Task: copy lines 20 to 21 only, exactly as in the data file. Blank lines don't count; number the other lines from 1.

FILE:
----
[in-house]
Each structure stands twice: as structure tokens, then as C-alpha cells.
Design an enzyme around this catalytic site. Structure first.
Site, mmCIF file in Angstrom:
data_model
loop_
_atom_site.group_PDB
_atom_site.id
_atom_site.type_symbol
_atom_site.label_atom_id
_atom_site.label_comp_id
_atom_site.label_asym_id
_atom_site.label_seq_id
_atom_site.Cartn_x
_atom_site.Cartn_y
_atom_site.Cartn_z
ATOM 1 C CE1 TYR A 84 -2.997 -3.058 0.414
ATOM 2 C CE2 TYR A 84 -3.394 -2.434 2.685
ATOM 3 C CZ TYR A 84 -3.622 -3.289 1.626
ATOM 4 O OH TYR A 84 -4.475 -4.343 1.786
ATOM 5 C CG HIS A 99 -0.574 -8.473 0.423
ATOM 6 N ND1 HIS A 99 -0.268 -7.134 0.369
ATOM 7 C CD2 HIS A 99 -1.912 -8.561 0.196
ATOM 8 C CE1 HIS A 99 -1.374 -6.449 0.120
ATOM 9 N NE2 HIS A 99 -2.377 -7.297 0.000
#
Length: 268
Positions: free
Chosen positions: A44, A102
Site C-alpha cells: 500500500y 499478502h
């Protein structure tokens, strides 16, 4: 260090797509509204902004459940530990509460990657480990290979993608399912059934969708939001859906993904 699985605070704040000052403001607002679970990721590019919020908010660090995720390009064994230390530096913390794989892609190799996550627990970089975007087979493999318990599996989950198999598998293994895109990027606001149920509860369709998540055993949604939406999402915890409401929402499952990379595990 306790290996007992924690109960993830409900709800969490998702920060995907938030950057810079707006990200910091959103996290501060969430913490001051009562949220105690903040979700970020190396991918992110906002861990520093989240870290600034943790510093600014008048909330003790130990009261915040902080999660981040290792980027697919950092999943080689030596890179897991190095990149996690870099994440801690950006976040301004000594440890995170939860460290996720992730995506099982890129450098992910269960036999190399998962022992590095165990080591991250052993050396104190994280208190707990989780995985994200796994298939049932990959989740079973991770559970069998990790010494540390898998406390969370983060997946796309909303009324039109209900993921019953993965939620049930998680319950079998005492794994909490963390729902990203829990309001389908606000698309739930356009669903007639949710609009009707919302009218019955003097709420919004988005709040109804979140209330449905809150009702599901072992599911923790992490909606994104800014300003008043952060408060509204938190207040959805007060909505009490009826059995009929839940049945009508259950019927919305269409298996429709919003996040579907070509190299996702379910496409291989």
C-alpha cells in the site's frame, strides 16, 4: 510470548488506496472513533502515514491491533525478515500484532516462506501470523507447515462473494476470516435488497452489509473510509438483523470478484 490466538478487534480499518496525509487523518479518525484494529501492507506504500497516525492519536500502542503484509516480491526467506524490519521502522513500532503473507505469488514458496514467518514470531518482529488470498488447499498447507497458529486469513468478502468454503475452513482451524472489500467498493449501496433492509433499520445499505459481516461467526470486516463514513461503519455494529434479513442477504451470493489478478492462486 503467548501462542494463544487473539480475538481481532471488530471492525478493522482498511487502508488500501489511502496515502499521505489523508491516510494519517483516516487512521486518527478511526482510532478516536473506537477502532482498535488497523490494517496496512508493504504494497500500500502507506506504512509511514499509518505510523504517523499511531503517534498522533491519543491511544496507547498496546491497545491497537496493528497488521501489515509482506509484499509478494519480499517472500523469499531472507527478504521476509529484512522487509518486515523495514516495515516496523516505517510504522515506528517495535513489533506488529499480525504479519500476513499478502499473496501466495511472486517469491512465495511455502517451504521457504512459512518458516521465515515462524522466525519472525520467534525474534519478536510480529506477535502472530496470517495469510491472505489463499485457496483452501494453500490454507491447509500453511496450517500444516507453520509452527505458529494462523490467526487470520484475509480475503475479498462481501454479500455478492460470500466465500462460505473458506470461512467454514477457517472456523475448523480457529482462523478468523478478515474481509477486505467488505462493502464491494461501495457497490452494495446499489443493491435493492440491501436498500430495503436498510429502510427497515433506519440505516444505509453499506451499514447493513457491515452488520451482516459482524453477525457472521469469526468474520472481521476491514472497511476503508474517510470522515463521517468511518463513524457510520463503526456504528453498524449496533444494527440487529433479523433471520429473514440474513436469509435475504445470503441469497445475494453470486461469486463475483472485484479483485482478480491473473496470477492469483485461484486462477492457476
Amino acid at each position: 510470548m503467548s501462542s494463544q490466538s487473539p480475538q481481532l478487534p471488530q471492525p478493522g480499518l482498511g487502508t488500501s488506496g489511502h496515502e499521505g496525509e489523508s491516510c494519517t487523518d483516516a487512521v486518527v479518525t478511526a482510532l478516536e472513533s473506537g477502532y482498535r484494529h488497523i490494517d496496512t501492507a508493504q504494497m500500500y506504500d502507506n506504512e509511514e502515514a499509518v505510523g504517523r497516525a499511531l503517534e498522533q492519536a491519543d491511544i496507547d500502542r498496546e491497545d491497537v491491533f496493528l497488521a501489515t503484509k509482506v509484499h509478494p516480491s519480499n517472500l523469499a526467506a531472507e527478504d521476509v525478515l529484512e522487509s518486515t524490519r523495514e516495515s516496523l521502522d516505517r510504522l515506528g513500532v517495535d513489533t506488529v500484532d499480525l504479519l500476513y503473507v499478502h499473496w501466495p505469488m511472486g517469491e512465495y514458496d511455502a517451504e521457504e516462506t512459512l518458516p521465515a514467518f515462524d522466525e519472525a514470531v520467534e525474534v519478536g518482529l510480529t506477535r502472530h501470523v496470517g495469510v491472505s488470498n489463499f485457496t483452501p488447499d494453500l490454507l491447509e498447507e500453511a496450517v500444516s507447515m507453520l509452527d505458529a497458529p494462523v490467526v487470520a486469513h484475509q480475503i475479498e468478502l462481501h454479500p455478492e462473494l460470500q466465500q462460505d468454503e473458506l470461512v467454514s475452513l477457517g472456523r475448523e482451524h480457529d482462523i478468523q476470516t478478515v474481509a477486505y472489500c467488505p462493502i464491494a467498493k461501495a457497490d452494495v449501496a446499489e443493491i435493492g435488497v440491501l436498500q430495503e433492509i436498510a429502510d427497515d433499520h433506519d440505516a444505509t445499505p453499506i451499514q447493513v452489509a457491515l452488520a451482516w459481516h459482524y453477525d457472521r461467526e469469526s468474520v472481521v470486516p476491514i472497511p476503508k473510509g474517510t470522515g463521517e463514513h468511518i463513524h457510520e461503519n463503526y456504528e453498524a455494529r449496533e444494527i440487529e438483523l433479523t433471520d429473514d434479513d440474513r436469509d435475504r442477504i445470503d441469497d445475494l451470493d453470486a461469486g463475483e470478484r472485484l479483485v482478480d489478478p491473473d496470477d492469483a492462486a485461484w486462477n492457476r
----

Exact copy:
ATOM 4 O OH TYR A 84 -4.475 -4.343 1.786
ATOM 5 C CG HIS A 99 -0.574 -8.473 0.423